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BREED DESCRIPTION & INFORMATION

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Breed Registries:


Note: The breed registries indicated above are the most recognized all-breed registries. The breed may also be recognized by other registries not indicated here. For further details about dog registries, please see the document: Dog Breed Registries in North America.

* — The FCI is the World Canine Organization, which includes 84 members and contract partners (one member per country) that each issue their own pedigrees and train their own judges. The FCI recognizes 339 breeds, with each being the "property" of a specific country. The "owner" countries of the breeds write the standards of these breeds in co-operation with the Standards and Scientific Commissions of the FCI, and the translation and updating are carried out by the FCI. The FCI is not a breed registry nor does it issue pedigrees.


Origin:

Great Britain

Height:

Males — 25-27 in (63-69 cm) at the highest point of the withers
Females — 24-26 in (61-66 cm) at the highest point of the withers

Weight:

Males — 110-130 lbs (50-59 kg)
Females — 100-120 lbs (45-55 kg)
Females are feminine in appearance, of somewhat lighter bone structure than the male, but should still convey strength.

Breed Profile:

The Bullmastiff comes from a cross between the Bulldog and the Mastiff. Developed for the pupose of having a dog who could guard like a Mastiff, have the courage of a Bulldog, and be faster and more agile than the Mastiff. He was mostly used by gamekeepers in Britain to warn them of the presence of poachers and help them in a fight. Known as the "gamekeeper's nightdog", he was a silent, agile dog that could attack on command, knock down a man and hold him without mauling or biting. He has also been used as a police and army dog and as a guard dog by diamond companies in South Africa.

The Bullmastiff has an aristocratic, attentive and intelligent appearance. Powerful, active, alert, fearless and courageous, he is however, docile and laid back with those he knows. The Bullmastiff is extremely devoted, loyal, and affectionate to his family. Today, the breed is primarily a companion dog who is an excellent guard dog. With his natural guarding abilities and a somewhat stubborn nature, the Bullmastiff is not for everyone and early socialization and training is very important for this breed.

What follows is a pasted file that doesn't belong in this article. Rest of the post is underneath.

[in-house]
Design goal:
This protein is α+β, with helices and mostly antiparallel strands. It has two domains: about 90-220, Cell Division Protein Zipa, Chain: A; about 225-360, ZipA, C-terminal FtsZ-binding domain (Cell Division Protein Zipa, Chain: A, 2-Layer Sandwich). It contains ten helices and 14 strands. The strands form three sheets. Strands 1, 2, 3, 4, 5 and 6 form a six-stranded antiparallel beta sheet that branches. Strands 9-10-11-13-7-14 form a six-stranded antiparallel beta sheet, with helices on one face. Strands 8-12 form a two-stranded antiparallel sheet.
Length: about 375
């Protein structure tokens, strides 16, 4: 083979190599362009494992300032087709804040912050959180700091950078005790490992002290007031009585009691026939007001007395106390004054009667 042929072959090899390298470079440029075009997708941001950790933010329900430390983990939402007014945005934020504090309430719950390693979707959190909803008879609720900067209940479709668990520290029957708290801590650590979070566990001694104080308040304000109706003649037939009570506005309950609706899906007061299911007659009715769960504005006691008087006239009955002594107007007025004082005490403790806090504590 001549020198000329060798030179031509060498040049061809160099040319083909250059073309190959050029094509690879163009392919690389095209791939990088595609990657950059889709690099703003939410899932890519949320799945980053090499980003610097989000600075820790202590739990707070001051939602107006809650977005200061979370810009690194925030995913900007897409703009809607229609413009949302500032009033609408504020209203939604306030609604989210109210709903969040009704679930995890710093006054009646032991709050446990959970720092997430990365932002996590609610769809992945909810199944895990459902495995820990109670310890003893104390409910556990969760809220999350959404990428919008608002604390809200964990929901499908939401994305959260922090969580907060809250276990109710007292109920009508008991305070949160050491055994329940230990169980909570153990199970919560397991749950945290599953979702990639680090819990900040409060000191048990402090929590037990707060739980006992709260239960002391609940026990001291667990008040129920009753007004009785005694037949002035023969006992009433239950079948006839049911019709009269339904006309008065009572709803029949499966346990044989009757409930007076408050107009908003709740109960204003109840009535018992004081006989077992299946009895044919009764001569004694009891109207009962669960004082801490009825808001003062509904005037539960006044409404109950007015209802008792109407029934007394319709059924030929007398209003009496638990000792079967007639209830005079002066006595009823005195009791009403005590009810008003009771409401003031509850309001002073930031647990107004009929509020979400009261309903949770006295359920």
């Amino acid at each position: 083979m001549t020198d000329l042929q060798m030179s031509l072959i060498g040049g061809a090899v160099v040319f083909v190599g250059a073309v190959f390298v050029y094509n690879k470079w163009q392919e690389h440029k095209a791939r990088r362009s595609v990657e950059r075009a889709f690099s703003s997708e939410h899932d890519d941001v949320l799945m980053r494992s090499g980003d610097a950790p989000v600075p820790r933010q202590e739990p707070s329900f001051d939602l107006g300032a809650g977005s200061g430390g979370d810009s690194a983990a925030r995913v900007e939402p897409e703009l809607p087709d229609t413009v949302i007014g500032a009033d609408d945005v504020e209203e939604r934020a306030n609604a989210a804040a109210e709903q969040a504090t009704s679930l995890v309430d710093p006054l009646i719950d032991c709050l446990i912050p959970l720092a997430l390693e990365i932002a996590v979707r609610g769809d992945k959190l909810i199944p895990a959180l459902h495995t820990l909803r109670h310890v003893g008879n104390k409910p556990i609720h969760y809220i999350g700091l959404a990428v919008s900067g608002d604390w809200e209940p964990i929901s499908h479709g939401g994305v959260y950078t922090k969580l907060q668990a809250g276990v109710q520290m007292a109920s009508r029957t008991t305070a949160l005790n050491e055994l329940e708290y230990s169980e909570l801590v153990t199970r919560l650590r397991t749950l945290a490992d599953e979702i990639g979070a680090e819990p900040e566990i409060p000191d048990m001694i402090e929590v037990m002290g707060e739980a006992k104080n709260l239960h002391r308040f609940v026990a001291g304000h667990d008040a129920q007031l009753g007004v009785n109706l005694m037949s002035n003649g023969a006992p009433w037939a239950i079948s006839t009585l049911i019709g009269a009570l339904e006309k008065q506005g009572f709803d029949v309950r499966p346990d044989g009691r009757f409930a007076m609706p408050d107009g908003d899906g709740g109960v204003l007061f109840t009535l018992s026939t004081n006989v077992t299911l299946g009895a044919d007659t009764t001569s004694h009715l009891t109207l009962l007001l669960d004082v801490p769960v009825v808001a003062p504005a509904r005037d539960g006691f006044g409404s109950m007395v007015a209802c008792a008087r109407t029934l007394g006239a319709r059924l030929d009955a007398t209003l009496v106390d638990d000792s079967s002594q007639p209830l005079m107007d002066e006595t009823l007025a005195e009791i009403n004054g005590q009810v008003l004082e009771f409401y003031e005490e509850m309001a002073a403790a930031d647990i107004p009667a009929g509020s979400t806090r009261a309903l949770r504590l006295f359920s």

Health Issues

The number one killer of Bullmastiffs, along with many other breeds, is cancer. Some of the most common health concerns found in this breed are:

If you are considering the adoption of a Bullmastiff puppy, or any breed, it is very important to be selective in choosing a responsible and reputable breeder. Ensure that the prospective puppy's parents have all health clearances. Breeding of any dog should not be done until after they have been proven to be free of evidence of significant hereditary diseases. (For more information on selecting a breeder, see the articles on the main Breed Listing and Breeders page.)

Recommended Health Screening:

For the Bullmastiff, the CHIC* database includes health screenings for:

  • Hip Dysplasia
  • Elbow Dysplasia
  • Eye Examination by a board Ophthalmologist
  • Congenital Cardiac Database
  • Autoimmune Thyroiditis
  • Also listed as "optional" are: Progressive Retinal Atrophy (PRA) DNA Test; and Kidney Disease
* CHIC - The Canine Health Information Center - "is a database of consolidated health screening results from multiple sources. Co-sponsored by the Orthopedic Foundation for Animals (OFA) and the American Kennel Club (AKC) Canine Health Foundation, CHIC works with parent clubs to identify health screening protocols appropriate for individual breeds. Dogs tested in accordance with the parent club established requirements, that have their results registered and made available in the public domain are issued CHIC numbers." To learn more, visit: www.caninehealthinfo.org

Additional Health Resources:

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Breed Standards

Grooming Information

  • Grooming — This section of the Canada's Guide to Dogs website includes tips, articles and information covering all aspects of dog grooming along with a listing of Groomers from across Canada.

Training Resources

  • Training — For training information, see this growing section of the Canada's Guide to Dogs website for tips, articles, as well as listings of training centres across Canada.

Training Tools & Equipment
Choose from a wide variety of items from Dogwise.com

Additional Information

Select from the following links to view Breeder listings; Breed Clubs; Rescue Organizations; as well as Books and other Merchandise specific to the breed:

Breeders  /  Breed Clubs  /  Rescues  /  Books & More